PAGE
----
From the quiet splendor of ancient forests on the Olympic Peninsula to snow capped peaks in the Cascades that feed streams and rivers, the Pacific Northwest offers incredible natural beauty. Mount Rainier, Crater Lake, and Coeur d'Alene Lake are just a few of the magnificent places that capture the imagination of everyone who visits. In fact, outdoor enthusiasts visit these and other locations every year. Although this is a presumed boom to tourism, one has to consider how this can negatively affect other people, water, and wildlife.
Although many national and regional organizations focus their efforts on nature conservancy, every person can do their part to protect the environment. So the next time you’re enjoying the beautiful outdoors, consider whether the unspoiled natural wonders and resources you depend upon will be around for future generations to enjoy. Whether you’re a weekend warrior heading off on an adventure or debarking on a two-week camping trip, you can increase sustainability and help save the planet.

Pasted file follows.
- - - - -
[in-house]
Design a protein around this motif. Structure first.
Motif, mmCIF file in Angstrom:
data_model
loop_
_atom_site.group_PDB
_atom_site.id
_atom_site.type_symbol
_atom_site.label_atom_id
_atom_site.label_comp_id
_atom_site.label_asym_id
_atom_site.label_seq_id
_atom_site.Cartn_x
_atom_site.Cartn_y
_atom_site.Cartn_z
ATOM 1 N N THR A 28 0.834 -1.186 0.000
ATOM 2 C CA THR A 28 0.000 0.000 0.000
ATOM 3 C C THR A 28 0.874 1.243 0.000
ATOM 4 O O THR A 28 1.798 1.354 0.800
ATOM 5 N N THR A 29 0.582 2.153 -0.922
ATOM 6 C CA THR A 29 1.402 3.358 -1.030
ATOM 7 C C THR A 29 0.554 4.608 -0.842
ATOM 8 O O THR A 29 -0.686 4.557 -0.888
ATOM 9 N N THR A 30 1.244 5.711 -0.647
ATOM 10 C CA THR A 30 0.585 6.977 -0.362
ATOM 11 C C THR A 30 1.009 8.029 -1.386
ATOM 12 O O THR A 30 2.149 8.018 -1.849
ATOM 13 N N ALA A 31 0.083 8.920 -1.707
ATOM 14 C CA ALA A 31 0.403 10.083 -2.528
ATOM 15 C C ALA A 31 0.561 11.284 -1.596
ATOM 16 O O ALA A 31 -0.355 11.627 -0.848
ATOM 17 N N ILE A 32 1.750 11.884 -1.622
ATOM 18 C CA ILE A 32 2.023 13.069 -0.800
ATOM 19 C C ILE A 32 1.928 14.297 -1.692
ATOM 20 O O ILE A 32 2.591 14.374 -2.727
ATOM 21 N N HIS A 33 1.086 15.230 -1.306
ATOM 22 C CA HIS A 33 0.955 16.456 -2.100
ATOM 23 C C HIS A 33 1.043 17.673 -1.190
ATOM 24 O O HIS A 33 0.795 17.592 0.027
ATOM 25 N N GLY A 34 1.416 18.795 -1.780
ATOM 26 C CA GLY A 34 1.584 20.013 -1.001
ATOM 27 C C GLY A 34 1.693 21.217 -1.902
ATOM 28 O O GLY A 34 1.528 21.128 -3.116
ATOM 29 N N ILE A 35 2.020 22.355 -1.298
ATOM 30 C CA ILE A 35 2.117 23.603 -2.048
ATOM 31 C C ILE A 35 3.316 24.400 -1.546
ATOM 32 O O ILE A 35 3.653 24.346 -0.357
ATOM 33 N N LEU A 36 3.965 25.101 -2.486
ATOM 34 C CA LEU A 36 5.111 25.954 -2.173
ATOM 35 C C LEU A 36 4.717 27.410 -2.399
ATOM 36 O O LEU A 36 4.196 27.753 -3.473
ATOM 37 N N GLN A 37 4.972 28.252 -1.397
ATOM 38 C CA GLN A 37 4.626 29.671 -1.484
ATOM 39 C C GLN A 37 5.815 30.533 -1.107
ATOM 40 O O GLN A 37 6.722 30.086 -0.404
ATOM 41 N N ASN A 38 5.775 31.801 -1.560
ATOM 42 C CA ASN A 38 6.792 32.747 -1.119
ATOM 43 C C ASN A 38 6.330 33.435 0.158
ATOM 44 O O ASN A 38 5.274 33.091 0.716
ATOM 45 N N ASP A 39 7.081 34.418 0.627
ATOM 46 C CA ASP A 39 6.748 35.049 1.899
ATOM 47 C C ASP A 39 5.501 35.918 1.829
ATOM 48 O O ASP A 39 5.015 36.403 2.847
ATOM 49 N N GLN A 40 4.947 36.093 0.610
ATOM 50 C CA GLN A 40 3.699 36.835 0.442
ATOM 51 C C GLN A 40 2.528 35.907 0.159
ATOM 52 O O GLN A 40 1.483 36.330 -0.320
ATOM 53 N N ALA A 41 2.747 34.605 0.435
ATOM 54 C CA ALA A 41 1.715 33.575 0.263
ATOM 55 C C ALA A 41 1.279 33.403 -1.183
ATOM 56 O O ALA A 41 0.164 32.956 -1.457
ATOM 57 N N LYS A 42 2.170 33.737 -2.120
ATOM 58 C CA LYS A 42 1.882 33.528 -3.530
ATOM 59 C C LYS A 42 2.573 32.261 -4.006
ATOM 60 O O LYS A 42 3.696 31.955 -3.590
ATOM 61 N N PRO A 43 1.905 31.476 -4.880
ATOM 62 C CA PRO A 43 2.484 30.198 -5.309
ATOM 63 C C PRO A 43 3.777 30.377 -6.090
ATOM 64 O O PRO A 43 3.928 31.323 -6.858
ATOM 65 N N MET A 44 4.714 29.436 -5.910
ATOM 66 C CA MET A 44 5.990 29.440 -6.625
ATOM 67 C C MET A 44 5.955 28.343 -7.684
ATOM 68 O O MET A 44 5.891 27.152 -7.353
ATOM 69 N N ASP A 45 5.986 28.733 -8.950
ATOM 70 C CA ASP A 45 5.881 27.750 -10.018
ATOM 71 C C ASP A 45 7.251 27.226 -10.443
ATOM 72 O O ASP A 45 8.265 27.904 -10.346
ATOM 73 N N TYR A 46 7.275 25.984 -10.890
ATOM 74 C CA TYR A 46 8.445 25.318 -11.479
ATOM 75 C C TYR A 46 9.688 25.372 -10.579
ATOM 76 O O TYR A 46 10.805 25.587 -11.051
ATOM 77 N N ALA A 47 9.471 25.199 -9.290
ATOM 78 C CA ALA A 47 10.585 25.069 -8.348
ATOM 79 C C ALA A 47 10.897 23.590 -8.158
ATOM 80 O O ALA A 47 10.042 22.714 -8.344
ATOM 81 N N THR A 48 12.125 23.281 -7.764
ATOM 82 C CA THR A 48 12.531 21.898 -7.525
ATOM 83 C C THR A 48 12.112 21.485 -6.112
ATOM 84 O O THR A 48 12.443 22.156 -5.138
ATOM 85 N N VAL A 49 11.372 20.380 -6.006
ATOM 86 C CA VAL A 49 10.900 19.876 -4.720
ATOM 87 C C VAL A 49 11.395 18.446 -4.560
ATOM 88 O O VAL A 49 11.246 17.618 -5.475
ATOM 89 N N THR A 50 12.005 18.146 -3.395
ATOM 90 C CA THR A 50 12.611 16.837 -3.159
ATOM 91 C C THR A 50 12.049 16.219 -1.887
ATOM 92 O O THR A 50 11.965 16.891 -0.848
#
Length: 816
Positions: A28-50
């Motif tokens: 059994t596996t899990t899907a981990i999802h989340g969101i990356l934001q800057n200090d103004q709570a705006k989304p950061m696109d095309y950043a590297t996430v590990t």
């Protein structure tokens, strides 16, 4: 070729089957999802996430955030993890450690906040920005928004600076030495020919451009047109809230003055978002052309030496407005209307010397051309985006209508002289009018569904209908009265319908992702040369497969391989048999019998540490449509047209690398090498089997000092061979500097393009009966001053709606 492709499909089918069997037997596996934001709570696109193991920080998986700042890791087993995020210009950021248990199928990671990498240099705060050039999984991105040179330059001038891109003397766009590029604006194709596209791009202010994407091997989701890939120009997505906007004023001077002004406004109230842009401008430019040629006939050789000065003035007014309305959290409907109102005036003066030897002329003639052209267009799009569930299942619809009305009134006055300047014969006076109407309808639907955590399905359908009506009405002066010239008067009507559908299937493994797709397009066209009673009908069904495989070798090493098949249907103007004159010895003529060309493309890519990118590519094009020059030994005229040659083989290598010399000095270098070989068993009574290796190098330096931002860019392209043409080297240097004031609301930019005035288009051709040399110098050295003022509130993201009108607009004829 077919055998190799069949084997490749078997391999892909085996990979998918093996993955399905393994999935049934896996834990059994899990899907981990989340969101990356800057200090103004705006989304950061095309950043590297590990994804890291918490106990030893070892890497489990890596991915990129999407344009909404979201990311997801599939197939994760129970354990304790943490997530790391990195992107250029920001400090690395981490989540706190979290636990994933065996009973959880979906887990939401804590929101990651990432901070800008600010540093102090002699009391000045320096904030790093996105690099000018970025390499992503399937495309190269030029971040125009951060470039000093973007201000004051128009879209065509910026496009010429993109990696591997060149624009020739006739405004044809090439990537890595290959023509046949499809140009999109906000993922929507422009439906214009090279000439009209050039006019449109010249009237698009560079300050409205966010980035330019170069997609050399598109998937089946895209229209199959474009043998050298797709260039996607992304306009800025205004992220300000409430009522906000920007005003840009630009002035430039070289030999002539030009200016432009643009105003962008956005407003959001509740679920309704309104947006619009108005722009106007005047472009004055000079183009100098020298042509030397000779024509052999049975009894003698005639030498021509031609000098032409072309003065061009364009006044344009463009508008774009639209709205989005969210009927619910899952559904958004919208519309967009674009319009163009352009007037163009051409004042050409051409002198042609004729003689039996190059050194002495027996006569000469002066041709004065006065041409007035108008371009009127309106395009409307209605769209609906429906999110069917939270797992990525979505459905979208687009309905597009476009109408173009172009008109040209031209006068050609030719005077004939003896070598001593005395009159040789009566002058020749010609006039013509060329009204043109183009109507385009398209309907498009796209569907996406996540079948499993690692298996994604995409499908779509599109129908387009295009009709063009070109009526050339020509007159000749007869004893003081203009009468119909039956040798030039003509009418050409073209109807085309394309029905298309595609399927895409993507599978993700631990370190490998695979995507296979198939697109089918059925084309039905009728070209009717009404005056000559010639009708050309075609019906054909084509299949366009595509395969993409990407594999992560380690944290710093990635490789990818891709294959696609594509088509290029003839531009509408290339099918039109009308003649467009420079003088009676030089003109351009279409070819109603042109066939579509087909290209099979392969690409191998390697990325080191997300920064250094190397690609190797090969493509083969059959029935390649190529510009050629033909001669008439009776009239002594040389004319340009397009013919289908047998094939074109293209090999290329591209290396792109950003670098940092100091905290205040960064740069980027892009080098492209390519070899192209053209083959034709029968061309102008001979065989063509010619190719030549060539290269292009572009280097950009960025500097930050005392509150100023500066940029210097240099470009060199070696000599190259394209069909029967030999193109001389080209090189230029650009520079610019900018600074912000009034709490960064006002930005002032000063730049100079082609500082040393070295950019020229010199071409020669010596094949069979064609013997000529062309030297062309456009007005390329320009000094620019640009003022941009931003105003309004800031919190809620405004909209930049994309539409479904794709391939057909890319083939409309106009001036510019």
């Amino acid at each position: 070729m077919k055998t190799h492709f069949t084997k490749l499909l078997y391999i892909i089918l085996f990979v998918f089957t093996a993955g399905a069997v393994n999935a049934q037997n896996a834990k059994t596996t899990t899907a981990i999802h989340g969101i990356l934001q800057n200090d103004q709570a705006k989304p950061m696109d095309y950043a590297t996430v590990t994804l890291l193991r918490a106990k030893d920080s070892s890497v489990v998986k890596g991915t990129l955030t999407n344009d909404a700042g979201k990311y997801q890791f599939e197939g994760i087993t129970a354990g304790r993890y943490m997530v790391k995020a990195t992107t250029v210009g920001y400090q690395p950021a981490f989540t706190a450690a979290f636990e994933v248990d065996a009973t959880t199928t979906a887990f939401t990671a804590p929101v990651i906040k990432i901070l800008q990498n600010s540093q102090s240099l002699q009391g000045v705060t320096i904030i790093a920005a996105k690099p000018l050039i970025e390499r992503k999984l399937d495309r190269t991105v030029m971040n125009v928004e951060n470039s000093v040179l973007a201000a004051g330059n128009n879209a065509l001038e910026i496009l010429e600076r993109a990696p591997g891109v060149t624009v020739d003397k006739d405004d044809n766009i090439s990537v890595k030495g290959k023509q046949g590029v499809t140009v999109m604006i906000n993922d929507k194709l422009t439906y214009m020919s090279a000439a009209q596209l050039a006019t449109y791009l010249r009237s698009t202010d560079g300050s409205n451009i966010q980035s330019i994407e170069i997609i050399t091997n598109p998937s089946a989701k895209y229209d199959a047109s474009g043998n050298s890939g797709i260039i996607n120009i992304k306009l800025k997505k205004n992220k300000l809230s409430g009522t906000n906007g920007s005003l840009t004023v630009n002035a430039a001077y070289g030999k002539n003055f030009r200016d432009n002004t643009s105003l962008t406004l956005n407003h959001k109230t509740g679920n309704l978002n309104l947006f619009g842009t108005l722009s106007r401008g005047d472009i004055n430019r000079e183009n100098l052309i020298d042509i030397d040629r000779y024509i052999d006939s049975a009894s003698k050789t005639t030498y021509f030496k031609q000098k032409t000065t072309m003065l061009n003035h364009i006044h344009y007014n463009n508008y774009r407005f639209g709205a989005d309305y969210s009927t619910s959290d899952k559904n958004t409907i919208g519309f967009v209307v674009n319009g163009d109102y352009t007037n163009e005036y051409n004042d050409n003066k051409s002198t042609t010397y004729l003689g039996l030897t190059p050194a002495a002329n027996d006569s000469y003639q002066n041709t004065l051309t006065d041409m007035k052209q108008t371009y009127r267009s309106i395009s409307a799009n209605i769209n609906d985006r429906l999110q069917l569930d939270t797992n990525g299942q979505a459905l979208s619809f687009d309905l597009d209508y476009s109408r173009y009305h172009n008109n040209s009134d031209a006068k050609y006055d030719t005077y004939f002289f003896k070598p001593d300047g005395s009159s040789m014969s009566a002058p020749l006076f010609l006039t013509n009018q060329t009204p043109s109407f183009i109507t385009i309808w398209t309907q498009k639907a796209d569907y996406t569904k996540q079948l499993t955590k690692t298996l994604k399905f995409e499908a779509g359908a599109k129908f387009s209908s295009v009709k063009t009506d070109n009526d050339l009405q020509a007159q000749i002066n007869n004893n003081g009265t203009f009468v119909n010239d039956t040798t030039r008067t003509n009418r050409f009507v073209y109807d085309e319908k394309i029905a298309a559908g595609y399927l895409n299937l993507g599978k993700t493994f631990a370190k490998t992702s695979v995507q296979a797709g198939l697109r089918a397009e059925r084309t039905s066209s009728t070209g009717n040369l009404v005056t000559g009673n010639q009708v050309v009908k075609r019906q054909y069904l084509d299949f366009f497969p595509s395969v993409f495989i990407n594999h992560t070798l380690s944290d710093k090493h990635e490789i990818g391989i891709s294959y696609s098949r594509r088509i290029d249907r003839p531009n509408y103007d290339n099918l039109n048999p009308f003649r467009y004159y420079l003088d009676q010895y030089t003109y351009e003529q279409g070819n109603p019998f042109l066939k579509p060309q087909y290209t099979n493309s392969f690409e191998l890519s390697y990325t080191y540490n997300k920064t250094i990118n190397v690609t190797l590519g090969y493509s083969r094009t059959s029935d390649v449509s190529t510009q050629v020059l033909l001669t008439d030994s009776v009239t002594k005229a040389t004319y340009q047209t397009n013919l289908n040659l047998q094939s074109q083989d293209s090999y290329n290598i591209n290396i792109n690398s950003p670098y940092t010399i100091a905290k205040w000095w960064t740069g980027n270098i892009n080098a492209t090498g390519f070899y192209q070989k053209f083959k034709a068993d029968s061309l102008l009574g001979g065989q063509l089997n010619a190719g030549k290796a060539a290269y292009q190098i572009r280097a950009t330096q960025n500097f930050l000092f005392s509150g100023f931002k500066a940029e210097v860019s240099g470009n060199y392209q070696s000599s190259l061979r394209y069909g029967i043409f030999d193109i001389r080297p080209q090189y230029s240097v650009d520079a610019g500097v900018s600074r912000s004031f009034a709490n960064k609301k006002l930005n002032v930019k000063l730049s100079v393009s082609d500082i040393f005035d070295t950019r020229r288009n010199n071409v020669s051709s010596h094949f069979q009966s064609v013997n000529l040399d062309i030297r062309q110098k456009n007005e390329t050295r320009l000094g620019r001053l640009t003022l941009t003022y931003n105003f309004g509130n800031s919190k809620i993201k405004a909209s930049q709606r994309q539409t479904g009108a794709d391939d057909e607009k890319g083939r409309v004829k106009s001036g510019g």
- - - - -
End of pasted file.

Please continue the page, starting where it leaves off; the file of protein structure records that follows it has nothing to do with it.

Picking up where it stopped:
Here are a few ways to reduce your carbon footprint and protect the vast natural heritage of the Pacific Northwest, even before you leave the house:
Are you aware that transportation to and from your adventure is the biggest contributor to carbon emissions? It’s a serious point to consider when planning outdoor recreation.
A growing number of people have enjoyed camping in the last five years, with a record high 78.8 million households camping in 2019. More than half of people surveyed said their love of the outdoors sparked their interest in camping. If you’re one of these people, it’s important to be aware of how you personally affect the environment and other campers. This includes practices such as making an inefficient campfire and improperly disposing of camping waste.
Avista has demonstrated a commitment to the environment through a long history of action, and we recognize the value of establishing a goal related to clean energy. We encourage everyone to do their part to reduce our collective carbon footprint and protect the beautiful wonders of the Pacific Northwest.